The unemployment rate has topped 10% for the first time in a
quarter-century. More than one in six adults are unemployed or
underemployed, the most since the Great Depression.
By any measure this is troubling, but the long-term effects of
unemployment are more devastating than most Americans grasp. Economists
warn that high unemployment may persist for years.
Misery, it turns out, doesn't love company. Distressing new research
shows that unemployment fosters social isolation not just for the
unemployed but also for their still-employed neighbors. Moreover, the
negative consequences last much longer than the unemployment itself.
Policymakers have focused on short-term help for the jobless, but they
must address these longer-term community effects, too.
Recent studies confirm the results of research during the Great
Depression— unemployment badly frays a person's ties with his
community, sometimes permanently. After careful analysis of 20 years of
monthly surveys tracking Americans' social and political habits, our
colleague Chaeyoon Lim of the University of Wisconsin has found that
unemployed Americans are significantly less involved in their
communities than their employed demographic twins. The jobless are less
likely to vote, petition, march, write letters to editors, or even
volunteer. They attend fewer meetings and serve less frequently as
leaders in local organizations. Moreover, sociologist Cristobal Young's
research finds that the unemployed spend most of their increased free
These negative social consequences outlast the unemployment itself.
Tracking Wisconsin 1957 high school graduates, sociologists Jennie
Brand and Sarah Burgard found that in contrast to comparable classmates
who were never unemployed, graduates who lost jobs, even briefly and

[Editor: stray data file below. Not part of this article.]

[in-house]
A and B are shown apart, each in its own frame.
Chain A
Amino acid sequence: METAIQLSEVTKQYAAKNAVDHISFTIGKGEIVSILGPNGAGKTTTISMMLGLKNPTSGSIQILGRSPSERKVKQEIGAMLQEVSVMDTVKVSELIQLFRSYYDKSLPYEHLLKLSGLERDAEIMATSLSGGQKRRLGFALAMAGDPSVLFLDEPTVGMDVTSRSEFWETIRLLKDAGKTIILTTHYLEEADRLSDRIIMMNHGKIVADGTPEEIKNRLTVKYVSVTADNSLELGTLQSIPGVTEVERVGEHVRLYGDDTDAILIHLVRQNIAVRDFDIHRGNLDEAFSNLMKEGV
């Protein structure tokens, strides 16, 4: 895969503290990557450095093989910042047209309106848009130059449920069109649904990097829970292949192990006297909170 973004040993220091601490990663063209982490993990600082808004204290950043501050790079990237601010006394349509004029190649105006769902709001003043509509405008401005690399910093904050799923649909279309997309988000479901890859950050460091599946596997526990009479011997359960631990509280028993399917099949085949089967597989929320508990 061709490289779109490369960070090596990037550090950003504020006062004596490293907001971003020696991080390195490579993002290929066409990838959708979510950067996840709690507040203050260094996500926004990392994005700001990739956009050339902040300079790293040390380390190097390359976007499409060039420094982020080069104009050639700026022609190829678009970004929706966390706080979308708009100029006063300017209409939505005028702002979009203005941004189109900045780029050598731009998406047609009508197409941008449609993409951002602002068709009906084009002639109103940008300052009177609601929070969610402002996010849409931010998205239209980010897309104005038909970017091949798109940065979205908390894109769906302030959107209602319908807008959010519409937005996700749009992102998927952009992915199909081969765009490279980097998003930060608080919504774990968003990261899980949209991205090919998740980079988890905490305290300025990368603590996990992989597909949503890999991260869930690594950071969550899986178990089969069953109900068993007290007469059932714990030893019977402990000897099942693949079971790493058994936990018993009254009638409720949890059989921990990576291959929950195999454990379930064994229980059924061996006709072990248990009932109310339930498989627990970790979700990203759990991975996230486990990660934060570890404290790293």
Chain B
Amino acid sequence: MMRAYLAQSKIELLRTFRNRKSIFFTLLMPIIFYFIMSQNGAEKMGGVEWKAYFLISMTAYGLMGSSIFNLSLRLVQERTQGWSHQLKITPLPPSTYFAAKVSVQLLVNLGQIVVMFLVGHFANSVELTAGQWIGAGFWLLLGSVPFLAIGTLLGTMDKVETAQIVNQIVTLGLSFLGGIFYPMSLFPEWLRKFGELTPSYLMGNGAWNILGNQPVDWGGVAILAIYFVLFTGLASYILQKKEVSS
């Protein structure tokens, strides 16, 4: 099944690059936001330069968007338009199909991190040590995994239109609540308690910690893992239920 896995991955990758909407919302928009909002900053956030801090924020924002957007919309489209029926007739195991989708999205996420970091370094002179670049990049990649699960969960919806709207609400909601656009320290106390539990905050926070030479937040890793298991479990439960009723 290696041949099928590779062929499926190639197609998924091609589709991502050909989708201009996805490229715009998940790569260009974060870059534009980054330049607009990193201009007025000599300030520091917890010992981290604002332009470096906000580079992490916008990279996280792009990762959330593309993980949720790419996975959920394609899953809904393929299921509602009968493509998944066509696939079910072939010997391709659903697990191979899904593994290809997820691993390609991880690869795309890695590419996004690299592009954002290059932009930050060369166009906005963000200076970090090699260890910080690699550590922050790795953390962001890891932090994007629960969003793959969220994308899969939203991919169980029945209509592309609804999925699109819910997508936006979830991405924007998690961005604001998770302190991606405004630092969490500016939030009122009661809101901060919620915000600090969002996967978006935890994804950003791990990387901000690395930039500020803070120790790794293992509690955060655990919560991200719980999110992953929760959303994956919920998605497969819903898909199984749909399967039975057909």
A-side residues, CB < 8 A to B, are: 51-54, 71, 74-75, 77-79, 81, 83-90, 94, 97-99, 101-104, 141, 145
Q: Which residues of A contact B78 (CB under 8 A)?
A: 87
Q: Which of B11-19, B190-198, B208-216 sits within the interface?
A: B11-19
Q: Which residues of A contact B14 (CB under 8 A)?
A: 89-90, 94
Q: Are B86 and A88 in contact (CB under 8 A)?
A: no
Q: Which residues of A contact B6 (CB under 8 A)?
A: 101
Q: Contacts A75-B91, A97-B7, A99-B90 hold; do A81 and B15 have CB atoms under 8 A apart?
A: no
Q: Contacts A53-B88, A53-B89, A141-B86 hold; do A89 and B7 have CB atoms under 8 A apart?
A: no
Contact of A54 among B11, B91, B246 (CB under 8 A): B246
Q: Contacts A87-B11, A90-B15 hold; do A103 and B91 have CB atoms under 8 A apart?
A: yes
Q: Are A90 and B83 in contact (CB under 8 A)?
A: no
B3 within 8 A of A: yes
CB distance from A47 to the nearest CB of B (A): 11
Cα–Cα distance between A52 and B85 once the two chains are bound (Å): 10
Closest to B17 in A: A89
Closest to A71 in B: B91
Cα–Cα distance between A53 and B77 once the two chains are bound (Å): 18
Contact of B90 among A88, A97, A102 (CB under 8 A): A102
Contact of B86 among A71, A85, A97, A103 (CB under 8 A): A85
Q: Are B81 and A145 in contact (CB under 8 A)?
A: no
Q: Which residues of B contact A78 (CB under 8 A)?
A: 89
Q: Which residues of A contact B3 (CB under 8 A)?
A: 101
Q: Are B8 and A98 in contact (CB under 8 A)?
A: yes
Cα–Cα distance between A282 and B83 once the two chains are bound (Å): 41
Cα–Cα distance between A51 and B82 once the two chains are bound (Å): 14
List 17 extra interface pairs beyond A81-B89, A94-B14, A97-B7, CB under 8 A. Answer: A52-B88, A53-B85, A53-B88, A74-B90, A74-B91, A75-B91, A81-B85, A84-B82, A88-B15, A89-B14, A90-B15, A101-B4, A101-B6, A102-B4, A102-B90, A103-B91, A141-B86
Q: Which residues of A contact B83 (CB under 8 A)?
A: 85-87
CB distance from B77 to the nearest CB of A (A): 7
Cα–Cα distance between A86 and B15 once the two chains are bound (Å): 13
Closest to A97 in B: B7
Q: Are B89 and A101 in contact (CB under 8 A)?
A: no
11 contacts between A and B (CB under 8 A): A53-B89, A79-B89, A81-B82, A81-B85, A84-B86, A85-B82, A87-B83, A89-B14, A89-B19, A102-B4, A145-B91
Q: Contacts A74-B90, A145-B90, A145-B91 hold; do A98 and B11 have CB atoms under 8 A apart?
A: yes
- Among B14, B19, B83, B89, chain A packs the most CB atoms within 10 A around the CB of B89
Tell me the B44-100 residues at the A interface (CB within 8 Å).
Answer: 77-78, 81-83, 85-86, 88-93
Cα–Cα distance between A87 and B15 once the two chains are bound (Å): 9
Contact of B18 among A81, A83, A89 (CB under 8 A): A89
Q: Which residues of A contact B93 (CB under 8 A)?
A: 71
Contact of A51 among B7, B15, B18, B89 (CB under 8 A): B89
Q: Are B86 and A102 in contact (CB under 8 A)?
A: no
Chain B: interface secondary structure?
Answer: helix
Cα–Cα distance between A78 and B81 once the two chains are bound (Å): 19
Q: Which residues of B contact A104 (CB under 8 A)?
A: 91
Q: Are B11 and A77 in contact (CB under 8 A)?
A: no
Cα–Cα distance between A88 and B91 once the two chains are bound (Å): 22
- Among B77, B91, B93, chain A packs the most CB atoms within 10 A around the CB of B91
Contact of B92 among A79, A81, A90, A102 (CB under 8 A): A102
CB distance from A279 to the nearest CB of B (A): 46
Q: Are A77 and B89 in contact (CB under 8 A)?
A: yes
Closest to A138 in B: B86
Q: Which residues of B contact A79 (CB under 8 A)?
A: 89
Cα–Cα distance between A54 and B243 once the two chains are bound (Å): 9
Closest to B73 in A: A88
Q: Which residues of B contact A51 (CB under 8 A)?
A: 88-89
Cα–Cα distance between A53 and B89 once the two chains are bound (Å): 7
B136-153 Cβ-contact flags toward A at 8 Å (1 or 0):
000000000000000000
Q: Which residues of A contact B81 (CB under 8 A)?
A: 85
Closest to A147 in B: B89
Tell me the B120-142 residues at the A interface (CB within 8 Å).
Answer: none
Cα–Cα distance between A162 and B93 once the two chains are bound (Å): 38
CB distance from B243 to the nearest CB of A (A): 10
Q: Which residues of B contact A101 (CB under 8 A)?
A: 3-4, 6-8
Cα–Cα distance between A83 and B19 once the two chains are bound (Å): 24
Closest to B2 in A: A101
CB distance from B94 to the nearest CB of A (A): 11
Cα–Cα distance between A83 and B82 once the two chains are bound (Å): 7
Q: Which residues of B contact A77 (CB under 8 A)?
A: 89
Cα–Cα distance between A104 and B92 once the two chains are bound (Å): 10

early in their careers, joined community groups less and volunteered considerably less over their entire lives.
And economist Andrew Clark, psychologist Richard Lucas and others found
that, unlike almost any other traumatic life event, joblessness results
in permanently lower levels of life satisfaction, even if the jobless later find jobs.
Equally disturbing, high unemployment rates reduce the social and
civic involvement even of those still employed. Lim has found that
Americans with jobs who live in states with high unemployment are less
civically engaged than workers elsewhere. In fact, most of the civic
decay in hard-hit communities is likely due not to the jobless dropping
out, but to their still-employed neighbors dropping out.
Moreover, beyond civic disengagement, places with higher joblessness
have more pervasive violence and crimes against property. They have
more fragile families with harsher parenting, and higher rates of
mental disorder and psychological distress among both the unemployed
and the employed. These social consequences are a powerful aftershock
to communities already reeling economically.
What might explain the civic withdrawal during recessions? The
jobless shun socializing, shamed that their work was deemed expendable.
Economic depression breeds psychological depression. The unemployed may
feel that their employer has broken an implicit social contract,
deflating any impulse to help others. Where unemployment is high, those
still hanging onto their jobs might work harder for fear of further
layoffs, thus crowding out time for civic engagement. Above all, in
afflicted communities, the contagion of psychic depression and social
isolation spreads more rapidly than joblessness itself.
What to do?
The lasting social consequences of unemployment demand remedy. President Obama has extended individual unemployment benefits.These
new findings call for special aid to communities with high and
persistent unemployment. Government and business should ensure that
unemployment is a last cost-cutting move, not the first.
Millions of employed Americans are silently thankful that the sword
of Damocles has not yet fallen on them. Meanwhile, they and their
leaders overlook the fact that unemployment is causing long-run social
disintegration in their communities. Albert Camus was right: “Without work, all life goes rotten.”
Thomas H. Sander is executive director of the Saguaro Seminar: Civic Engagement in America, at Harvard Kennedy School. Robert
D. Putnam is Peter & Isabel Malkin Professor of Public Policy at
Harvard Kennedy School and co-author of the forthcoming American Grace: The Changing Role of Religion in America.